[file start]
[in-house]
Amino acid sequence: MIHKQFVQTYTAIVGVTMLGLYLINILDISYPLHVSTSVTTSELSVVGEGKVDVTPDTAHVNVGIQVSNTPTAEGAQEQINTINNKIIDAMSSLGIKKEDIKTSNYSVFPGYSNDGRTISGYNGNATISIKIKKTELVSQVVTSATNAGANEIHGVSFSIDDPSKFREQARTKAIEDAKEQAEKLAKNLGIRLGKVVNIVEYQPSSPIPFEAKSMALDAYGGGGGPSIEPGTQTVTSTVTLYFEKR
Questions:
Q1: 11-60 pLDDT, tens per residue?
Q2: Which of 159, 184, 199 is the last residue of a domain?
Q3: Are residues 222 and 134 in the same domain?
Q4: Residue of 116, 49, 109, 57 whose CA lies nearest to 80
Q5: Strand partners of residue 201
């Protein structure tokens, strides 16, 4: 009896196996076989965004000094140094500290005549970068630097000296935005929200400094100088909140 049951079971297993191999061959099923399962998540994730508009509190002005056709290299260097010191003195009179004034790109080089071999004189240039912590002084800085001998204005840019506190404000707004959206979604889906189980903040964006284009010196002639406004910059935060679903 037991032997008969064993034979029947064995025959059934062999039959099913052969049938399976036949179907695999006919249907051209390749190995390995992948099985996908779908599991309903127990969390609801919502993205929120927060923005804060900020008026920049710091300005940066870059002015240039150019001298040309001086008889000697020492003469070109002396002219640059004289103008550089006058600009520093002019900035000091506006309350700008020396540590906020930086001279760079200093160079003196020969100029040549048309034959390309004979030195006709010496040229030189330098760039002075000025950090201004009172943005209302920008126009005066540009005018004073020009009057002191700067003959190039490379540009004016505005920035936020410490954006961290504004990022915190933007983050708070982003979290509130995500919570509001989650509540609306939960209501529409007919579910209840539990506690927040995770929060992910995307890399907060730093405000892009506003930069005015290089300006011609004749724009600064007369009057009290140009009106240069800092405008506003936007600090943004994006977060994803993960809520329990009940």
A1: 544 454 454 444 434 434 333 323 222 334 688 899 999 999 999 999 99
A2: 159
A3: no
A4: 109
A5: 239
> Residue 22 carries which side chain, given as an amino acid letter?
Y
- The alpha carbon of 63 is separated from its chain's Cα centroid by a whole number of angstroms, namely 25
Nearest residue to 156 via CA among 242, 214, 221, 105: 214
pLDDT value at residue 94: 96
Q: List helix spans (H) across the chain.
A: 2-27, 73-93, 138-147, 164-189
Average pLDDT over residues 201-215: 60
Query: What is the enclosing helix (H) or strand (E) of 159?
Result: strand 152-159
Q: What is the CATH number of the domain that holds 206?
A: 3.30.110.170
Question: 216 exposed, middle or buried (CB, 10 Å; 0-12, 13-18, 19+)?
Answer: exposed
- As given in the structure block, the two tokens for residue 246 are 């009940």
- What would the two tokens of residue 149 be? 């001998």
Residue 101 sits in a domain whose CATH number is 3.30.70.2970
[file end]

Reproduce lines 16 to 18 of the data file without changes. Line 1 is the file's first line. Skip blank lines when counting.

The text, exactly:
Y
- The alpha carbon of 63 is separated from its chain's Cα centroid by a whole number of angstroms, namely 25
Nearest residue to 156 via CA among 242, 214, 221, 105: 214